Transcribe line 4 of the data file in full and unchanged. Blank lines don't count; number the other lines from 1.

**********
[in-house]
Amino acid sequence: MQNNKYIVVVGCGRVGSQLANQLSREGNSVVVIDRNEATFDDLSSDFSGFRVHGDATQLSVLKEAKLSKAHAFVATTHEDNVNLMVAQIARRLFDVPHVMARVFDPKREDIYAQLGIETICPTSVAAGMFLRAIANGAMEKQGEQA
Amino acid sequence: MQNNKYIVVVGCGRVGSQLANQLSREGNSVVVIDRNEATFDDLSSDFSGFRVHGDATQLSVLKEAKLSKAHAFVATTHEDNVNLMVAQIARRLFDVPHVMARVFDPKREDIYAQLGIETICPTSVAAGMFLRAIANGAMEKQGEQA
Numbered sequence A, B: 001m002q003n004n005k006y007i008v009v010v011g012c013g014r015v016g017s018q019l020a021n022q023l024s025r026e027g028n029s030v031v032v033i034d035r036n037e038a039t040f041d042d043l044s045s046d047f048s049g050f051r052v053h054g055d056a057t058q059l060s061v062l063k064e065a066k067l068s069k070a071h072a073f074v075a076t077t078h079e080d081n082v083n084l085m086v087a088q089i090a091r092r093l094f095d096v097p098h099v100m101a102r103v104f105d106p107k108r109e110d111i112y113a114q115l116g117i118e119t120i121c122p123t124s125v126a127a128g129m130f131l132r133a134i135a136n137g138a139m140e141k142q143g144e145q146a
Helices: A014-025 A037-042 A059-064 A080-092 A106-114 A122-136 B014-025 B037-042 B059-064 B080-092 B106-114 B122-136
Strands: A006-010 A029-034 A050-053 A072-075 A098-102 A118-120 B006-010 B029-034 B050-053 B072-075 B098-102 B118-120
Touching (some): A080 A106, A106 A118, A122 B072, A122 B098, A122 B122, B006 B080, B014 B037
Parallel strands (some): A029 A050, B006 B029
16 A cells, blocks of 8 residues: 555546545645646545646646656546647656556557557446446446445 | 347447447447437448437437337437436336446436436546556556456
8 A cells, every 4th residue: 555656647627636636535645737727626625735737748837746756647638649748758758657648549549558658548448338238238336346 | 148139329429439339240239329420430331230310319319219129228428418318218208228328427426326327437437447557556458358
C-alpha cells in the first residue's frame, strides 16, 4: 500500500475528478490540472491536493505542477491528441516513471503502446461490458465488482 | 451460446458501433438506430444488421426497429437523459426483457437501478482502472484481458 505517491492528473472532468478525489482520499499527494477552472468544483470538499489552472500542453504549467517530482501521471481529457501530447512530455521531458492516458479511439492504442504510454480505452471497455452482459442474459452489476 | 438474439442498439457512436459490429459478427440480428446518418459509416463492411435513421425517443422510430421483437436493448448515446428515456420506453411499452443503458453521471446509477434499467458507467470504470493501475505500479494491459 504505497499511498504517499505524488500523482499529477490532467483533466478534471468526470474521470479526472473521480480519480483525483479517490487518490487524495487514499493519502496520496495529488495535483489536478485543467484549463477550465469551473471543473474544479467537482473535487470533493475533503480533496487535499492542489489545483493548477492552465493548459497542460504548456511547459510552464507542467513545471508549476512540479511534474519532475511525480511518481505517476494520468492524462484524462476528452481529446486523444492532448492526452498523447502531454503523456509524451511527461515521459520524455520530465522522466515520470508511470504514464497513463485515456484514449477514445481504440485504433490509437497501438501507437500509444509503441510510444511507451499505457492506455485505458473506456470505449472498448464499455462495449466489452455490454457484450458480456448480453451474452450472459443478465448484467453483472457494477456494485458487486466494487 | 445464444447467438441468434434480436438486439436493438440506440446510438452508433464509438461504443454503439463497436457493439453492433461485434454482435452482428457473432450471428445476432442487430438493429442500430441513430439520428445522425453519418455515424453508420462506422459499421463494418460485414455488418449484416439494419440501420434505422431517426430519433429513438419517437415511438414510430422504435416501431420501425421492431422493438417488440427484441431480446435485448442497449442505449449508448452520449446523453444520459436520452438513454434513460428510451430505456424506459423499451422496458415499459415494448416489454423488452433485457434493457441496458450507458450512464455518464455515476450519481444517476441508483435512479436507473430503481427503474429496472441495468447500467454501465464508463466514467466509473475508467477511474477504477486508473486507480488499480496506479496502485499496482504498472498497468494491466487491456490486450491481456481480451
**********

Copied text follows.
Numbered sequence A, B: 001m002q003n004n005k006y007i008v009v010v011g012c013g014r015v016g017s018q019l020a021n022q023l024s025r026e027g028n029s030v031v032v033i034d035r036n037e038a039t040f041d042d043l044s045s046d047f048s049g050f051r052v053h054g055d056a057t058q059l060s061v062l063k064e065a066k067l068s069k070a071h072a073f074v075a076t077t078h079e080d081n082v083n084l085m086v087a088q089i090a091r092r093l094f095d096v097p098h099v100m101a102r103v104f105d106p107k108r109e110d111i112y113a114q115l116g117i118e119t120i121c122p123t124s125v126a127a128g129m130f131l132r133a134i135a136n137g138a139m140e141k142q143g144e145q146a